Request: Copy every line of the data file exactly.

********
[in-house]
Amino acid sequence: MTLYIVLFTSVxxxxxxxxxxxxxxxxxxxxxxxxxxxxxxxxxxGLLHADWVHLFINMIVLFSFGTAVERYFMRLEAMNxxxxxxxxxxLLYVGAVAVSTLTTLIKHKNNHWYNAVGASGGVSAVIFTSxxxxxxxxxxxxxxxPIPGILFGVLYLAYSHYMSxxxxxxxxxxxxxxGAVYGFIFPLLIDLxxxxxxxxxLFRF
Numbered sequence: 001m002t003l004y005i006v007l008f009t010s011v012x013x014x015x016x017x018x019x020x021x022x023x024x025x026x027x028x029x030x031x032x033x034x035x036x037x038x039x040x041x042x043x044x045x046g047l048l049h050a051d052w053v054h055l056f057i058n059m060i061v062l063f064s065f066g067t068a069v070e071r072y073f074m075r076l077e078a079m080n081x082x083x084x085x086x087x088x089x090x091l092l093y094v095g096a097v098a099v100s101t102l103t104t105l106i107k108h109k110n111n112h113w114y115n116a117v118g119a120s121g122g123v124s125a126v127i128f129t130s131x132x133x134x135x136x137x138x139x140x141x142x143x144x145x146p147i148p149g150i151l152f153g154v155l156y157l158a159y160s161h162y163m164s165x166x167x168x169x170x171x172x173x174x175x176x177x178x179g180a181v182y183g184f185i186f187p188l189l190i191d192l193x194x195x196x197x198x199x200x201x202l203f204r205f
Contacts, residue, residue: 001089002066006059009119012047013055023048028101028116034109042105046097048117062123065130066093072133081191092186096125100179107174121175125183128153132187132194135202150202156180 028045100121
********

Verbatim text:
[in-house]
Amino acid sequence: MTLYIVLFTSVxxxxxxxxxxxxxxxxxxxxxxxxxxxxxxxxxxGLLHADWVHLFINMIVLFSFGTAVERYFMRLEAMNxxxxxxxxxxLLYVGAVAVSTLTTLIKHKNNHWYNAVGASGGVSAVIFTSxxxxxxxxxxxxxxxPIPGILFGVLYLAYSHYMSxxxxxxxxxxxxxxGAVYGFIFPLLIDLxxxxxxxxxLFRF
Numbered sequence: 001m002t003l004y005i006v007l008f009t010s011v012x013x014x015x016x017x018x019x020x021x022x023x024x025x026x027x028x029x030x031x032x033x034x035x036x037x038x039x040x041x042x043x044x045x046g047l048l049h050a051d052w053v054h055l056f057i058n059m060i061v062l063f064s065f066g067t068a069v070e071r072y073f074m075r076l077e078a079m080n081x082x083x084x085x086x087x088x089x090x091l092l093y094v095g096a097v098a099v100s101t102l103t104t105l106i107k108h109k110n111n112h113w114y115n116a117v118g119a120s121g122g123v124s125a126v127i128f129t130s131x132x133x134x135x136x137x138x139x140x141x142x143x144x145x146p147i148p149g150i151l152f153g154v155l156y157l158a159y160s161h162y163m164s165x166x167x168x169x170x171x172x173x174x175x176x177x178x179g180a181v182y183g184f185i186f187p188l189l190i191d192l193x194x195x196x197x198x199x200x201x202l203f204r205f
Contacts, residue, residue: 001089002066006059009119012047013055023048028101028116034109042105046097048117062123065130066093072133081191092186096125100179107174121175125183128153132187132194135202150202156180 028045100121